Best night vision goggles for kids: JStoon Night-Vision Goggles

Not Just a Toy

Offering long-distance viewing under a starless sky, these night goggles aren’t messing around. JStoon

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The JStoon Night-Vision Goggles goggles for kids could easily be good enough for many adults. They feature 3X magnification and 4X digital zoom, an 850 nm infrared illuminator, and are capable of seeing more than 984 feet in complete darkness. Kids (and adults) still learning patience can view footage (up to an hour of 960p high-resolution video) directly on the goggles’ 2.31-inch TFT screen. The 25mm objective lens won’t let in as much detail as the larger lenses that you’ll find in the best night-vision goggles. That said, the affordable price tag also means you don’t have to get too worked up if your kid breaks them—the IP56 rating offers only limited protection against water and dust.  

Best cheap night-vision goggles: Solomark Night-Vision Binoculars

Bargain Hunting

A nicely equipped set of night-vision goggles for your hunting gear or your surveillance equipment. SOLOMARK

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If you bought a pair of the JStoons for Junior and now you want something similar for yourself, with a touch more fire power and not much heftier of a price tag, consider the Solomark Night-Vision Binoculars. They are some of the best cheap night-vision devices you can buy, letting you see up to 1,300 feet ahead with a 31mm objective lens. The high-resolution image transmittance measures 640×480. Like those best night-vision goggles for kids, these budget NVGs also feature a TFT view screen with a 320×240 color resolution, and an 850 NM illuminator. They also provide some limited waterproof protection—the Solomarks have an IPX4 rating that’ll guard against splashes and not much more. Still, if you’re looking for a solid pair of cheap night-vision goggles that’ll work for your surveillance equipment or in your camping gear, these binoculars could be just what you’re trying to find.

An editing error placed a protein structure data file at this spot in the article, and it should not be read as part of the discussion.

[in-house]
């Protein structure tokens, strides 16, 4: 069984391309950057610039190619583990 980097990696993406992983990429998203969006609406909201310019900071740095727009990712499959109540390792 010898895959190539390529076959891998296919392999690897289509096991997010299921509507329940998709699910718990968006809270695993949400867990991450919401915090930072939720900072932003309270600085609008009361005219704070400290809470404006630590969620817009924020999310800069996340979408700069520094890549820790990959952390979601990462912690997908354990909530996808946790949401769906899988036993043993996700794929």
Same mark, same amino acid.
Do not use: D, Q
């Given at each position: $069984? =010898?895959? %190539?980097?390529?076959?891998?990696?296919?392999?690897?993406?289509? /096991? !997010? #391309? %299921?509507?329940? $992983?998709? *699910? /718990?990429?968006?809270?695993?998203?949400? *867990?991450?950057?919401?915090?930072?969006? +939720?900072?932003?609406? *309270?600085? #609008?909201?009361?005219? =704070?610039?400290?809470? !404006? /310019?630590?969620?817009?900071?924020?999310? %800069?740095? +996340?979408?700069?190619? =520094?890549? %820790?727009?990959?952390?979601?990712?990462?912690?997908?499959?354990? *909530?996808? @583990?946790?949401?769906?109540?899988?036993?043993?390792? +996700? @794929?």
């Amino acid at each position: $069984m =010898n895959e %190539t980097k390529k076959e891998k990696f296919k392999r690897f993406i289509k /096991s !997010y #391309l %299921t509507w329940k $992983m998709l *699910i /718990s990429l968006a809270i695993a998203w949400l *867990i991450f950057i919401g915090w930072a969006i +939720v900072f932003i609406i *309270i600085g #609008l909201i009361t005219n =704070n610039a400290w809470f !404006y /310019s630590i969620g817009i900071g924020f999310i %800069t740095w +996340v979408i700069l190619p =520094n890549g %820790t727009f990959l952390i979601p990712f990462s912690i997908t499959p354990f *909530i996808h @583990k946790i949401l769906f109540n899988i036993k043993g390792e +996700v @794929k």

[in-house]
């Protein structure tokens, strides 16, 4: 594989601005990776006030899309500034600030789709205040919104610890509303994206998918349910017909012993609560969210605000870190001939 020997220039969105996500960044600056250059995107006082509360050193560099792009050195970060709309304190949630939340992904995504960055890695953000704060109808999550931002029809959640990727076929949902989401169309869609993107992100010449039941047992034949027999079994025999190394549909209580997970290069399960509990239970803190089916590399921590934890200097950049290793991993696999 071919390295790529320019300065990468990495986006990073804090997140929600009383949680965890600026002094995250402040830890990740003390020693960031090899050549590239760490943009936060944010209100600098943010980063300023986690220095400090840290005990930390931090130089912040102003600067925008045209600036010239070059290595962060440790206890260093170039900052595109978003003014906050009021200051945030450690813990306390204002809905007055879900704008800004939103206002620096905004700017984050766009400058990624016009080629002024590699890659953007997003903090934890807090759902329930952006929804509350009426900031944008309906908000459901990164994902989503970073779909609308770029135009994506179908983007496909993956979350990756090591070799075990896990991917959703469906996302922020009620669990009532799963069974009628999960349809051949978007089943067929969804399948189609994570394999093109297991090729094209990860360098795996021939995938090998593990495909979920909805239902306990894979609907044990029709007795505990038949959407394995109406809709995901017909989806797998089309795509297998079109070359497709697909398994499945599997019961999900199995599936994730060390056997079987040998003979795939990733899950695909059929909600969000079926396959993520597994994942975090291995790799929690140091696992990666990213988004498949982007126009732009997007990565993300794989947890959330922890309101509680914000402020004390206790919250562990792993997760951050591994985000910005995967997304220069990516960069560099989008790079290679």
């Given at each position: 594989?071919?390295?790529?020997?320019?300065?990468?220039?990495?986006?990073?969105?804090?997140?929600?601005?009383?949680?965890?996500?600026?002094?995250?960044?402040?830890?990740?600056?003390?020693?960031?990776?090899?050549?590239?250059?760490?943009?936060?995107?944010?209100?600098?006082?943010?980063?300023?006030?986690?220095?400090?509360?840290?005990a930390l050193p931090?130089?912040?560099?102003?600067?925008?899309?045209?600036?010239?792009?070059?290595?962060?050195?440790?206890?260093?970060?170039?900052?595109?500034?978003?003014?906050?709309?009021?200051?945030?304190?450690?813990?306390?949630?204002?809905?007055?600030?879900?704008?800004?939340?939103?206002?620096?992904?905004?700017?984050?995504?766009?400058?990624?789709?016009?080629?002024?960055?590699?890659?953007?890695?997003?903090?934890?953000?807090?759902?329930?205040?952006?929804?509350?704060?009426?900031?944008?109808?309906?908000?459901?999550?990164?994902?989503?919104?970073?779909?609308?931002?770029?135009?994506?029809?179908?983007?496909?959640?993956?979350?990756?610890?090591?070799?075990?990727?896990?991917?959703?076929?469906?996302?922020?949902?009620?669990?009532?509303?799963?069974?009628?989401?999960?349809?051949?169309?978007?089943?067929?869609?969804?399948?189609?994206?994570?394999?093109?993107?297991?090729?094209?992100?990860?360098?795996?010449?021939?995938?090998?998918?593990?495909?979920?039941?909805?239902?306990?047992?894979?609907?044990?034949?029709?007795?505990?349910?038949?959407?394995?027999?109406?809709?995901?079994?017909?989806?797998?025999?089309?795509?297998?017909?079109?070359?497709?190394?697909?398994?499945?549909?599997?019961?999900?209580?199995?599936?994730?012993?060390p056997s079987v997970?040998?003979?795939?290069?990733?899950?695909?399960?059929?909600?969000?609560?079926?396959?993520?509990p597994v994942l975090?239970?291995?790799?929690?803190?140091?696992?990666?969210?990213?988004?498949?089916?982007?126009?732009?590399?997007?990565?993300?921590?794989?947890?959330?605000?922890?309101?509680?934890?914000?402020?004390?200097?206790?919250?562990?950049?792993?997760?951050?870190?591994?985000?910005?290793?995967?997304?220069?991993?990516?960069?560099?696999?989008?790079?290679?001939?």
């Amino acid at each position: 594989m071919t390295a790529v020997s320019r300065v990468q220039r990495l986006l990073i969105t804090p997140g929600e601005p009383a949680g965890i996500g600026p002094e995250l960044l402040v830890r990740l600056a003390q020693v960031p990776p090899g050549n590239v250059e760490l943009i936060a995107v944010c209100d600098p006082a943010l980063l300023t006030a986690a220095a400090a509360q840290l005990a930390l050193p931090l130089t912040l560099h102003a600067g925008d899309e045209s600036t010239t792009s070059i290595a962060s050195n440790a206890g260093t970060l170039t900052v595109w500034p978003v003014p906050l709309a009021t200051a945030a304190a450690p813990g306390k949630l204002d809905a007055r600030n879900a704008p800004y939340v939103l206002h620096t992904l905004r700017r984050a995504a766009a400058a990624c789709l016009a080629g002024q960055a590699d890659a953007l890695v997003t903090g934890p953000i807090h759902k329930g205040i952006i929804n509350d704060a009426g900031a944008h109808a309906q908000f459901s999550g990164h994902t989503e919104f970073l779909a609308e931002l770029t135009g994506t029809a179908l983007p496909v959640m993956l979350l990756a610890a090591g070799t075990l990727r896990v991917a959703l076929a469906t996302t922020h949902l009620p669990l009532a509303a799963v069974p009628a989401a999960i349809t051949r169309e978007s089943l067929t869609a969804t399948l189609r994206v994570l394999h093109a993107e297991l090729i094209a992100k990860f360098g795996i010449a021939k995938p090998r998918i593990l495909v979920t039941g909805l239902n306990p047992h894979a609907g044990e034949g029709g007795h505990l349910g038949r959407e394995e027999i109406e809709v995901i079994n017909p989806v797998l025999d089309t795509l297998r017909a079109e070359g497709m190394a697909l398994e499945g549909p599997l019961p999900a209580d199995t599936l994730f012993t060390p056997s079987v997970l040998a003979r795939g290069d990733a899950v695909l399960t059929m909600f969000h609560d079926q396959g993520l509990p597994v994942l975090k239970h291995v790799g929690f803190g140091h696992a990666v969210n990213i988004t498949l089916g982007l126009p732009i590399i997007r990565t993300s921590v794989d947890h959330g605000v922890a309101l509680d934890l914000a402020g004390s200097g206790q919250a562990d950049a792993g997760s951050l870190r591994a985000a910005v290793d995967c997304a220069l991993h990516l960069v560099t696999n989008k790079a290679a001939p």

FAQs

Q: Do night-vision goggles really work?